FOR IMMEDIATE RELEASE
May 8, 2018
CONTACT: Lou Desmond - (909) 680-4011
As the County’s Population Increases and Climate Change Impacts Anticipate Longer Periods of Drought, New Sustainable Water Sources will be Key to Region’s Economic Success
Rancho Cucamonga, CA: San Bernardino County residents heavily support new water projects to meet existing and future water needs according to a recently released survey sponsored by the Building Industry Association Southern California Baldy View Chapter (BIA) in Rancho Cucamonga.
“The BIA sponsored this survey in an effort to scientifically determine the concerns of San Bernardino County residents on water issues,” stated Carlos Rodriguez, Chief Executive Officer of the BIA Baldy View Chapter. “Water has become a paramount concern as the BIA attempts to address San Bernardino County’s estimated housing shortage of 65,000 units and residents in our communities expect us not only to conserve water but also procure enough water resources to support our ongoing housing needs.”
Southern California has always depended on imported water from the Sacramento Delta, the Colorado River and naturally recharging underground aquifers as the Los Angeles region dramatically grew from the 1950’s to the present. While San Bernardino County residents support conservation efforts, they also strongly believe that new, locally controlled water sources are a key part of the solution to water shortages, by margins of more than 80 percent in some instances.
The survey also tested resident opinion on the Cadiz Valley Water Conservation, Recovery, and Storage project in the county’s Mojave Desert - one of the only local projects in the County that has already been permitted by the County - and found overall support for the project at more than 70 percent.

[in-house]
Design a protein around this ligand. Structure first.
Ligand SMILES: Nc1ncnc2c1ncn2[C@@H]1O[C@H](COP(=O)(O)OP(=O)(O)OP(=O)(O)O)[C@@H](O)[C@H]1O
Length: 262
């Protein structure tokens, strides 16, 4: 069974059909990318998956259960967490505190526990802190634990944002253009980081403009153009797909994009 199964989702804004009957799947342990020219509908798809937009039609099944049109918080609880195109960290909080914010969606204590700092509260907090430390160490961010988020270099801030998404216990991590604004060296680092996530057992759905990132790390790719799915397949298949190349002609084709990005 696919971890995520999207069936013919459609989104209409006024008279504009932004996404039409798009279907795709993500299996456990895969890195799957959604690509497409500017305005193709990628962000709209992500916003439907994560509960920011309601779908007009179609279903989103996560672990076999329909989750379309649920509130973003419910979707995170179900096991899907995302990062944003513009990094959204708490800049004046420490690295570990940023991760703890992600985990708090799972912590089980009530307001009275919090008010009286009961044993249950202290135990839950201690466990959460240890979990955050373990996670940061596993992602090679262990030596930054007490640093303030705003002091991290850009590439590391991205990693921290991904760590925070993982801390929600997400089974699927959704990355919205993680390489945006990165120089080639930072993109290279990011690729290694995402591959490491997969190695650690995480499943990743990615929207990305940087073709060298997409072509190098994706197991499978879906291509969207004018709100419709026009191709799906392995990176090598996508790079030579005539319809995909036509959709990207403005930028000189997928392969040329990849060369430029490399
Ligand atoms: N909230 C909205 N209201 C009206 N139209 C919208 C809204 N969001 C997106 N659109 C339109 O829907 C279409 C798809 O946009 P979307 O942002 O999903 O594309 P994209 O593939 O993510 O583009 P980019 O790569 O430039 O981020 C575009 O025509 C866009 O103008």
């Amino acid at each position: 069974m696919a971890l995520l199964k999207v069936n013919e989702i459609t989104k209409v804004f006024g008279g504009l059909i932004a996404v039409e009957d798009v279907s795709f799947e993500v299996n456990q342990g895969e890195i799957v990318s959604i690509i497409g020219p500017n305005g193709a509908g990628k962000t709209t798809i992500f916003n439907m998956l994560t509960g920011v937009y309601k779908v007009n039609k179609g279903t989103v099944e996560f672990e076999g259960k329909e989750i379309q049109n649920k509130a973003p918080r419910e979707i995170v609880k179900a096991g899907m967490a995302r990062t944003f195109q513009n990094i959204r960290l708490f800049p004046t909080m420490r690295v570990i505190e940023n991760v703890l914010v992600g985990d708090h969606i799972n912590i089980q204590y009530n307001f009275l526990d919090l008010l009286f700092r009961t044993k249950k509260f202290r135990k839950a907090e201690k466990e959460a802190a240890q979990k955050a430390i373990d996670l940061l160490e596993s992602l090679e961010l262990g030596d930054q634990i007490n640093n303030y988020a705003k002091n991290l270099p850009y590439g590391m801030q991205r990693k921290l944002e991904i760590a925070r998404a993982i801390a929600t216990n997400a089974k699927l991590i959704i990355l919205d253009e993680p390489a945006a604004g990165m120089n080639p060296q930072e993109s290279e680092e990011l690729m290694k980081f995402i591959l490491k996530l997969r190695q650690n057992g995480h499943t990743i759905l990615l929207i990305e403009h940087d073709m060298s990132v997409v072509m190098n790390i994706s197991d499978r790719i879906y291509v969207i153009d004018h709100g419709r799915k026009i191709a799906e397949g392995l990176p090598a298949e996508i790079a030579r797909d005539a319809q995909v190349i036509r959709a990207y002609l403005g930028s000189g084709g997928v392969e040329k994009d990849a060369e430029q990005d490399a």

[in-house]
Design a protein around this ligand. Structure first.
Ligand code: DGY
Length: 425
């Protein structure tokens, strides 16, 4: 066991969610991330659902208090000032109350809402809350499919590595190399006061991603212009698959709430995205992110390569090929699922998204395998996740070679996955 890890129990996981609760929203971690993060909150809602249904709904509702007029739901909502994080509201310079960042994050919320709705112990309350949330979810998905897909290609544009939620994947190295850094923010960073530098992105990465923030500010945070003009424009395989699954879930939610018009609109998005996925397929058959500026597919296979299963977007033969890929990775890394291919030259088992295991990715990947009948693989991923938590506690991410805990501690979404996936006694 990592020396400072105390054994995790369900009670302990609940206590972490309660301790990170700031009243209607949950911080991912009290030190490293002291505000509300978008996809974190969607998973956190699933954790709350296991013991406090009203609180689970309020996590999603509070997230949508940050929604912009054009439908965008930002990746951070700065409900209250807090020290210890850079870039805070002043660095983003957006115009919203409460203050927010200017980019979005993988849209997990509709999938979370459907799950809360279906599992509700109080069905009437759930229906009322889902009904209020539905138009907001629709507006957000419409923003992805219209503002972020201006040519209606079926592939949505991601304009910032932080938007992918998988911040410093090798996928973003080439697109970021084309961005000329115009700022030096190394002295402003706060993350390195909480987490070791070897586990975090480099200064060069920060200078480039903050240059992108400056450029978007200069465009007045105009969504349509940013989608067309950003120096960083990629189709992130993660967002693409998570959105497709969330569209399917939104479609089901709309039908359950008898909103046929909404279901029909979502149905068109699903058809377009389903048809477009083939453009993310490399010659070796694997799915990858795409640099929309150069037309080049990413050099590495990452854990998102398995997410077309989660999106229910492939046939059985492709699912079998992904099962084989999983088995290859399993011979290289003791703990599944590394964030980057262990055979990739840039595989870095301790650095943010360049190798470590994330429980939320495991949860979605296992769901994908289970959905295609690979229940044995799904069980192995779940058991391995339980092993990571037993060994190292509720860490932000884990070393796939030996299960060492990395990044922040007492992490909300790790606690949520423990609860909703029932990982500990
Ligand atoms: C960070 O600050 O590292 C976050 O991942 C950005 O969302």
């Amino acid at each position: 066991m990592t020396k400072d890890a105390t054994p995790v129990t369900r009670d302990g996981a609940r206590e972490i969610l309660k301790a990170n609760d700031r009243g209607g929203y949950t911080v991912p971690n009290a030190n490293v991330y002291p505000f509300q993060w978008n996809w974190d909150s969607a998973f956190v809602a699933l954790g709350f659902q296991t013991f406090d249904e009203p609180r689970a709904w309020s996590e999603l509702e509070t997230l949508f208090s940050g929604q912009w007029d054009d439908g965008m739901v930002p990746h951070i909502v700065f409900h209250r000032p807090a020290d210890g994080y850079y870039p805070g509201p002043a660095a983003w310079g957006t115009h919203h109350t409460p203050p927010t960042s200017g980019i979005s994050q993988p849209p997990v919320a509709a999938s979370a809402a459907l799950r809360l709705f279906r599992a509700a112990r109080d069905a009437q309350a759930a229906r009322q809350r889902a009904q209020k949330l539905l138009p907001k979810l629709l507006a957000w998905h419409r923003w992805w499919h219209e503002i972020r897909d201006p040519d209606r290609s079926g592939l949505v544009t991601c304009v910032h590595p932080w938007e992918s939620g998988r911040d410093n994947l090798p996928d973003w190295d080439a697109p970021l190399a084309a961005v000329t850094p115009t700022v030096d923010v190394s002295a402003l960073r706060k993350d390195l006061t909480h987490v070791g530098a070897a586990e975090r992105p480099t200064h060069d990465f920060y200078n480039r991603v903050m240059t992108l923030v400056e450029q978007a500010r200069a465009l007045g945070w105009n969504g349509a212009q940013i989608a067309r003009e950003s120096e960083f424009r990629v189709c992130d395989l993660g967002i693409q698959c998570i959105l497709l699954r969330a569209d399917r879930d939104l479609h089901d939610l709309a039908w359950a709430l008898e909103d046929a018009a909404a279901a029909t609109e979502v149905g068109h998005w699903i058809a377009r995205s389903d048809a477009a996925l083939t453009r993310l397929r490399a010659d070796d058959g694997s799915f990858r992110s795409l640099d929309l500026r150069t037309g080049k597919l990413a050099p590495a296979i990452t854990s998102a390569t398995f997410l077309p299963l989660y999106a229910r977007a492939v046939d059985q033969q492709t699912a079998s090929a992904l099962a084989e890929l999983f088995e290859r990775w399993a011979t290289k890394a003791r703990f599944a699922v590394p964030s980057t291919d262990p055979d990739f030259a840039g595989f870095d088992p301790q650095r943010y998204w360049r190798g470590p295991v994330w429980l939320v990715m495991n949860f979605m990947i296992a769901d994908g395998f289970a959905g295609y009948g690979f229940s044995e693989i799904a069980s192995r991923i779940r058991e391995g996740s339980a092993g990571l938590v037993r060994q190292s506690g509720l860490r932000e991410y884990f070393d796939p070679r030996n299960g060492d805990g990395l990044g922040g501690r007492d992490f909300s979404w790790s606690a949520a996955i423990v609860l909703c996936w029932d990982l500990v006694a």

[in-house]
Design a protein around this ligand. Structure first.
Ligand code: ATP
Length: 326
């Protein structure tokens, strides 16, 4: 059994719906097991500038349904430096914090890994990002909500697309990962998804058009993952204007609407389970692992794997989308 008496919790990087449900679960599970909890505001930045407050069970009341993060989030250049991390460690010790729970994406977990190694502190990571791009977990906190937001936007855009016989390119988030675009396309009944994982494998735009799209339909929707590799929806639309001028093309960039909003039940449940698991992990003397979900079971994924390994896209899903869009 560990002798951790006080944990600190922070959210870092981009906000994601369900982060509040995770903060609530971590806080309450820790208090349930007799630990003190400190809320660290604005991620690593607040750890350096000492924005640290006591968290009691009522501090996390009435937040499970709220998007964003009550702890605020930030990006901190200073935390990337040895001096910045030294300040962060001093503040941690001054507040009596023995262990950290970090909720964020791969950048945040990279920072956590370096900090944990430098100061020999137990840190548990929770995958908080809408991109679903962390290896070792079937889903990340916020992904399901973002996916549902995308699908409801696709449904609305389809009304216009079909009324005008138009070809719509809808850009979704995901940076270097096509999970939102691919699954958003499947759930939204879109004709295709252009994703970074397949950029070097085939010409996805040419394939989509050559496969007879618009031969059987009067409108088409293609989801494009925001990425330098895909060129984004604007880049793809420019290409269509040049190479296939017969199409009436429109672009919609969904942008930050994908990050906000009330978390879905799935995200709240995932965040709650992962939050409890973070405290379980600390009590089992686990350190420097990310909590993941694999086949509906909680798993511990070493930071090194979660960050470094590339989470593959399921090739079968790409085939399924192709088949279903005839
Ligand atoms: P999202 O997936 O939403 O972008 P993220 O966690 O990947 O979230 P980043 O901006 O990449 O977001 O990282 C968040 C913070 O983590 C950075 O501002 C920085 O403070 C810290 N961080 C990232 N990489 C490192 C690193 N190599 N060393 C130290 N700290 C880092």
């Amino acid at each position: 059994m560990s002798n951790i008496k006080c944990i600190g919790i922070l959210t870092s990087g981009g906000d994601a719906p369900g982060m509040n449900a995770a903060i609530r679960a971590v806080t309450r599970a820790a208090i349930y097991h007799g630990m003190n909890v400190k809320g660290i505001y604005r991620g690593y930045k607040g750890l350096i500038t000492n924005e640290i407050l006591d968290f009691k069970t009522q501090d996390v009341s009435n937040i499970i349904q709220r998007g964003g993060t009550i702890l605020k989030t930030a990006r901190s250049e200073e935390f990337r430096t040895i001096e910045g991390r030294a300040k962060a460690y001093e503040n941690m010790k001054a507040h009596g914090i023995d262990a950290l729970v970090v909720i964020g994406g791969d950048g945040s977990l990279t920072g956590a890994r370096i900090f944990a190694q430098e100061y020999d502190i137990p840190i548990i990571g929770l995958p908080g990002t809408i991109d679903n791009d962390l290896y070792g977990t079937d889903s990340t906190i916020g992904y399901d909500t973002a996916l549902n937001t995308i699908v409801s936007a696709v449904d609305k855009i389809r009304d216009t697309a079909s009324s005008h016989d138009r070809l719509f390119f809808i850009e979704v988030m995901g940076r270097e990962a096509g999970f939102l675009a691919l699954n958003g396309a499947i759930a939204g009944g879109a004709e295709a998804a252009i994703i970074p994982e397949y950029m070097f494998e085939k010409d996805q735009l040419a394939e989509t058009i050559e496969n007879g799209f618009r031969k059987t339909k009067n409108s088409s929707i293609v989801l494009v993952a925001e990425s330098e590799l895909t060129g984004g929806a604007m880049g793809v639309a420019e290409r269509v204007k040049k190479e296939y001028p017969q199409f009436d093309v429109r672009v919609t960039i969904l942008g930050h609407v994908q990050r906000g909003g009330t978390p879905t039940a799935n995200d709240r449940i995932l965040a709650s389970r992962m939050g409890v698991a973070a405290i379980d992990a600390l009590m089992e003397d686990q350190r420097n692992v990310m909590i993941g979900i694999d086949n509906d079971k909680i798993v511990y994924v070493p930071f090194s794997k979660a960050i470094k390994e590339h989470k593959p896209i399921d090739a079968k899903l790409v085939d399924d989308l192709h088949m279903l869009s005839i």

“Clearly, San Bernardino County residents understand the need for and support new water supplies like the Cadiz Water Project to meet existing and future demand for water in our region,” continued Rodriguez. “They also insist on Sacramento politicians keeping their noses out of local water use decisions and support locally-controlled and managed projects like Cadiz that have gone through rigorous environmental reviews and been approved by county elected leaders.”
The survey, which assessed more than 520 county resident’s responses, included questions on conservation measures, development of new storage, use of underground water supplies for consumption and water banking, and water recycling. The survey was conducted via email, by NAG Campaigns on behalf of BIA Baldy View and California Water News Daily and has a margin of error of 3.6%.